The Taking of Pelham One Two Three
(also known as The Taking of Pelham 123
) is a thriller movie released in 1974
. It stars Walter Matthau
, Robert Shaw
, Jerry Stiller
, and Martin Balsam
; it was directed by Joseph Sargent
, produced by Edgar J. Scherick
, and was based on the novel of the same title
by John Godey
. Peter Stone
wrote the screenplay, which takes its basics from the novel but is highly different in its approach, embracing a kind of NYC cynicism.
Matthau portrays the cynical and grumpy Lieutenant Zachary Garber, a New York City Transit Authority
policeman. His routine is interrupted by an unexpected hijacking
of a subway train
(on the number 6 line
). The police rush to deliver the ransom
of one million dollars in unmarked bills of low denominations in an hour's time, dispatching a squad car for a frantic drive uptown from the financial district, as Lieutenant Rico Patrone (Jerry Stiller
) attempts to negotiate by radio from transit police headquarters, distracting the hijackers' attention. Garber has left headquarters to confront them underground if possible. Garber is puzzled by the hijacking because there is no place to take the train to escape, and because all subway trains have a "dead-man" feature
which requires a live person at the controls at all times to keep the train running. Unknown to the police, the four hijackers (led by British mercenary Bernard Ryder (Robert Shaw
) and a disgruntled former motorman Harold Longman (Martin Balsam
)) have ingeniously defeated the dead-man's feature. Once they receive their ransom money, they surreptitiously exit, sending the train off at top speed toward the terminal station so the police may be distracted by chasing the runaway subway cars long enough for the hijackers to escape. The train was set to reach up to speeds over 70 MPH which would cause it to automatically trip a red light brake as it entered the South Ferry Loop
.However, while most of the police have gone chasing the subway cars, Garber follows a hunch and enters near where the subway cars were before taking off south. An undercover policeman, who was one of the hostages, jumps off the train and manages to kill one of the hijackers. A second hijacker is killed by Ryder when he attempts to leave without disarming. Longman escapes unnoticed, but Ryder is caught by Garber just before Ryder would have killed the undercover cop. Rather than go to jail, and finding out that New York doesn't execute criminals, Ryder commits suicide by putting his foot on the third rail, electrocuting himself. In the final part of the movie, Longman is home with his share of the ransom cash. Garber and Patrone come calling, looking up the alibis of all former motormen (since none of the other hijackers knew how to drive a subway car). Though his alibi is shaky, Garber and Patrone are about to leave when Longman sneezes loudly. Garber, reacting instinctively, says "Gesundheit" — then silenty confronts Longman, realizing that Longman was the man who kept sneezing throughout conversations over the radio Garber had with Ryder.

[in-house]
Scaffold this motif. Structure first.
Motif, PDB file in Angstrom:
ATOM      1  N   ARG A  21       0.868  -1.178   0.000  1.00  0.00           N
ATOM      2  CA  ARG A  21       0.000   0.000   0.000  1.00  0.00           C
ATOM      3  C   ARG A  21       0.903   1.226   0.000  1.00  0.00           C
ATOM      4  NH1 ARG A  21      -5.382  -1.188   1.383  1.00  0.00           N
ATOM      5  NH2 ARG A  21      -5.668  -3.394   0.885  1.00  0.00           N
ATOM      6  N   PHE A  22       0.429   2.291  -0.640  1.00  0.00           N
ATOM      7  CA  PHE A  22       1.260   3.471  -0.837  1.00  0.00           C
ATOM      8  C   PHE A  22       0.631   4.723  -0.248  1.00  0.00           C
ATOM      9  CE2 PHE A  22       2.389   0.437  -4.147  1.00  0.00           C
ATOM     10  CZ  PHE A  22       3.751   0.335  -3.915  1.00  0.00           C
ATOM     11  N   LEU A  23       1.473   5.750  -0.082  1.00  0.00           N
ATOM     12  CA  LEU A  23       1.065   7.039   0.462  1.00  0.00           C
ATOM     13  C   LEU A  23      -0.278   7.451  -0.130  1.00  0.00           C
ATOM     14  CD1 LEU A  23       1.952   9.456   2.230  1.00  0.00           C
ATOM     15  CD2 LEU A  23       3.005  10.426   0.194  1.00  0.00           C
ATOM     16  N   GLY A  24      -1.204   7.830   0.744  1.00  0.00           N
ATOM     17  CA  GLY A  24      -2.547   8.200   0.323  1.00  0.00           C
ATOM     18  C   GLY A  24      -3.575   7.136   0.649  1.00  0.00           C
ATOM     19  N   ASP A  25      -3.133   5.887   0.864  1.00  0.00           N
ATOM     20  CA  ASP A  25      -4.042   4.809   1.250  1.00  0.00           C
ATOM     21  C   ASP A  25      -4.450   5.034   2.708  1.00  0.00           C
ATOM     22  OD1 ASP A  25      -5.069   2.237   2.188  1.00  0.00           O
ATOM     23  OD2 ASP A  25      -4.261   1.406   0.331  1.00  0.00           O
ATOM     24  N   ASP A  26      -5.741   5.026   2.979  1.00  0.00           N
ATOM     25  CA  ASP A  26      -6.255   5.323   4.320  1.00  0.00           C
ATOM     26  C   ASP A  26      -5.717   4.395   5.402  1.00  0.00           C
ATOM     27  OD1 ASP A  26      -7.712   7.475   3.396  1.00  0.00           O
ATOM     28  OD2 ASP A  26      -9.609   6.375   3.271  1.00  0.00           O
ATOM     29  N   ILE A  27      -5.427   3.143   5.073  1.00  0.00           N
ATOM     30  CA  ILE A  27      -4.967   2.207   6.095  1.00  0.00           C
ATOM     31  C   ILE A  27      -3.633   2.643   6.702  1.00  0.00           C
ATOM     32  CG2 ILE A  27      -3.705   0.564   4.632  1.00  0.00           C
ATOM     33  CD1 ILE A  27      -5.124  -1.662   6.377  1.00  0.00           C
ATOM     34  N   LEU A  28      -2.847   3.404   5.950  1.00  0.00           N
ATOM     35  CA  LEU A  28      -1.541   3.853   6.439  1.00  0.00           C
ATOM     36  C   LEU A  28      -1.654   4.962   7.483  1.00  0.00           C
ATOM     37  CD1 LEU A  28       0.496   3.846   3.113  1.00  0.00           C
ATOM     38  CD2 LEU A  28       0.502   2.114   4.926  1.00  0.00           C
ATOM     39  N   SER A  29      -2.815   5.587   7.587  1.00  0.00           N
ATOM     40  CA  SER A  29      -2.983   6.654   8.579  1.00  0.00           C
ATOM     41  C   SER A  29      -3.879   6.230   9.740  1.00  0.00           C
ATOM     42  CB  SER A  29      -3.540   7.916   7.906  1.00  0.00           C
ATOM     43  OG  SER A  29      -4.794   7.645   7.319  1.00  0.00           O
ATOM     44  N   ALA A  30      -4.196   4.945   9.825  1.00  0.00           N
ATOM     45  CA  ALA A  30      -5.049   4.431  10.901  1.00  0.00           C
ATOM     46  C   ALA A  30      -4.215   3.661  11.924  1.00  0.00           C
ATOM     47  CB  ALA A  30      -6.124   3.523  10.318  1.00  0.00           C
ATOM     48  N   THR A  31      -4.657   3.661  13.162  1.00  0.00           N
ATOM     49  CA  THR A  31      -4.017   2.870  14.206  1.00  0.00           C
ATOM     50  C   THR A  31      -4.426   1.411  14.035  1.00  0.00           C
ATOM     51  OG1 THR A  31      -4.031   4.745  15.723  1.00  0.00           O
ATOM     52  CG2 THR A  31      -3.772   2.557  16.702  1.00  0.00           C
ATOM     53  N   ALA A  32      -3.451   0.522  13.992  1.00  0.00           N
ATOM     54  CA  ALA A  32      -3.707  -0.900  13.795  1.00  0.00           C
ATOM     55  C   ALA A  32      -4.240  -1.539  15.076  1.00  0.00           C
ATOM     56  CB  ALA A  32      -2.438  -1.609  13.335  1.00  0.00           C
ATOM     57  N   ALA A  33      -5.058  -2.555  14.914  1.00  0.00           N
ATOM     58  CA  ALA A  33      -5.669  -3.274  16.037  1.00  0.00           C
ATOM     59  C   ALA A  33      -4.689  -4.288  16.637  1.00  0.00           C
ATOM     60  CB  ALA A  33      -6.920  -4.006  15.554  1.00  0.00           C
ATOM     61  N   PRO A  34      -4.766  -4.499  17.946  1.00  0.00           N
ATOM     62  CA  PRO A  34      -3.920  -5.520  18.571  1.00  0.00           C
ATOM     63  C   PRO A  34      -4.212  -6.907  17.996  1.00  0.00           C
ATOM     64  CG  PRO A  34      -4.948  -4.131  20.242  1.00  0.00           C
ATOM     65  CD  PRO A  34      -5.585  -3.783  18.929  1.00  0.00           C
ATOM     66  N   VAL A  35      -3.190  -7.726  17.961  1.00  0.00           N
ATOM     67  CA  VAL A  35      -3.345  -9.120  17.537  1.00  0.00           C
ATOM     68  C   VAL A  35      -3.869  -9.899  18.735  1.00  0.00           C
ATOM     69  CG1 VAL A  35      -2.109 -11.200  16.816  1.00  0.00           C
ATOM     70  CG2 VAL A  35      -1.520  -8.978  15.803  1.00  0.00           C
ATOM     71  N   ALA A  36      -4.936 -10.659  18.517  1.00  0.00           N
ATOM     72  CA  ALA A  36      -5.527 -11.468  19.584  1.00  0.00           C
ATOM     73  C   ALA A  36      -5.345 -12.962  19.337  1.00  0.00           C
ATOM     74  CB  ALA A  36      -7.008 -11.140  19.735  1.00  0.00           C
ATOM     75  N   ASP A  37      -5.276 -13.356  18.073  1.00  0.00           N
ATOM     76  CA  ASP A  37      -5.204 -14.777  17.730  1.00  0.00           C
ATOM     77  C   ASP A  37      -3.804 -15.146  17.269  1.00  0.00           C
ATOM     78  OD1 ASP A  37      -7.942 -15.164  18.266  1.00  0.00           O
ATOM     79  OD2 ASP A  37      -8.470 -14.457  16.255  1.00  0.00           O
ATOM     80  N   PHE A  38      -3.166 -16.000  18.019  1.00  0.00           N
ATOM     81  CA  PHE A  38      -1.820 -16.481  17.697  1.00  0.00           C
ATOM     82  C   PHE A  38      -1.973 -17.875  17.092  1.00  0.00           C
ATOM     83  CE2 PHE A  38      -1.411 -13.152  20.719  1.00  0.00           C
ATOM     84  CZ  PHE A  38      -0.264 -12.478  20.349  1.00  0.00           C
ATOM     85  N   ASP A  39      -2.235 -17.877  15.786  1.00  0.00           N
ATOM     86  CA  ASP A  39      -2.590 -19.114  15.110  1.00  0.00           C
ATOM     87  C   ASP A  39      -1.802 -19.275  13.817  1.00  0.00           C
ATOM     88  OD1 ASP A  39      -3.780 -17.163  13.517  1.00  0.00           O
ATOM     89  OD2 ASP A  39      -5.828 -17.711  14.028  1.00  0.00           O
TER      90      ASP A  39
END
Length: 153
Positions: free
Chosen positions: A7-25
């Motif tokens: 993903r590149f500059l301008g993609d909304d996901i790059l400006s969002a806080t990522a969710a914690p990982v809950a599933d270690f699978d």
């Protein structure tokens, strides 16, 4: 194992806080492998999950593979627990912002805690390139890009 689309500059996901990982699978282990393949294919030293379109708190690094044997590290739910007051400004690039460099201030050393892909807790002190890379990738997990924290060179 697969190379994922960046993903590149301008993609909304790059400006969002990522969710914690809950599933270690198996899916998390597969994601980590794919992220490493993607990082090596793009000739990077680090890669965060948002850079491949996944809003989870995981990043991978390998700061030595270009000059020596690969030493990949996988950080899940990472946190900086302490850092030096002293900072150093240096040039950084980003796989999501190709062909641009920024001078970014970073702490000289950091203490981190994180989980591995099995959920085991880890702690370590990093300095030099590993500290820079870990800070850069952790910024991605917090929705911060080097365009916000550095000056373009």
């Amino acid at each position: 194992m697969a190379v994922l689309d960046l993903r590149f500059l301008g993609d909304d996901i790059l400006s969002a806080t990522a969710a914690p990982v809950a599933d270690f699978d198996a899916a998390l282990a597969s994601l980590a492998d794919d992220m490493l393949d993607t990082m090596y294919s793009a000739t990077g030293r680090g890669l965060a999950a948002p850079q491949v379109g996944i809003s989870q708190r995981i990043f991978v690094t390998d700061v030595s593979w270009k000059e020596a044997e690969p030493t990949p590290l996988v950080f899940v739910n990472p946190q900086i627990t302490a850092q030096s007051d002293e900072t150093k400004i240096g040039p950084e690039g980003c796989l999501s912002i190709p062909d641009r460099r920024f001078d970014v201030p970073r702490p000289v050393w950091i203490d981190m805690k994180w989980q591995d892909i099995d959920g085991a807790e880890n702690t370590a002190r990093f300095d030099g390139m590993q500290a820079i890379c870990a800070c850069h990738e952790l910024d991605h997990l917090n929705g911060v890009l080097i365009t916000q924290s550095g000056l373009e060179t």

The score was composed and conducted by David Shire
. The Taking of Pelham One Two Three
remains his most popular score. The soundtrack album was the first-ever CD release by Film Score Monthly
. The end titles contain a more expansive arrangement of the theme, courtesy of Shire's wife at the time, Talia Shire
, who suggested that he close out the score with a more traditional ode to New York.
, the film was remade as a television movie
with the same title
, with Edward James Olmos
in the Matthau role and Vincent D'Onofrio
replacing Shaw as the senior hijacker. Although not particularly well received by critics or viewers, this version was reportedly more faithful to the book, though it updated the setting with new technologies. It was also devoid of the quirky humor that made the original so memorable.
Another remake, directed by Tony Scott and starring Denzel Washington and John Travolta, will be released in 2009.
- The movie was the inspiration for Carter USM's song The Taking of Peckham One Two Three.
- The hijackers' system of referring to each other as colors, such as "Mr. Blue", was later used by Quentin Tarantino in his film Reservoir Dogs, and a group of other productions most notably the TV series "The Unit", in this case to hide the operators military ranks and real names.
- A reference to the movie appears in the lyric of the Beastie Boys' song "Sure Shot", on the 1994 album Ill Communication: "Well, it's the taking of Pelham, one, two, three / If you want a doodoo rhyme then come see me"
- Portions of the scenes in the tunnel were filmed on the old Court Street line in Brooklyn, which now serves as a track which links to the New York City Transit Museum.
- A reconstruction of a Transit Authority control center was built on a soundstage. It was rendered down to every exact detail as a real one might have.
- The end title theme is a featured track on the DJ Food & DK album "Now, Listen!"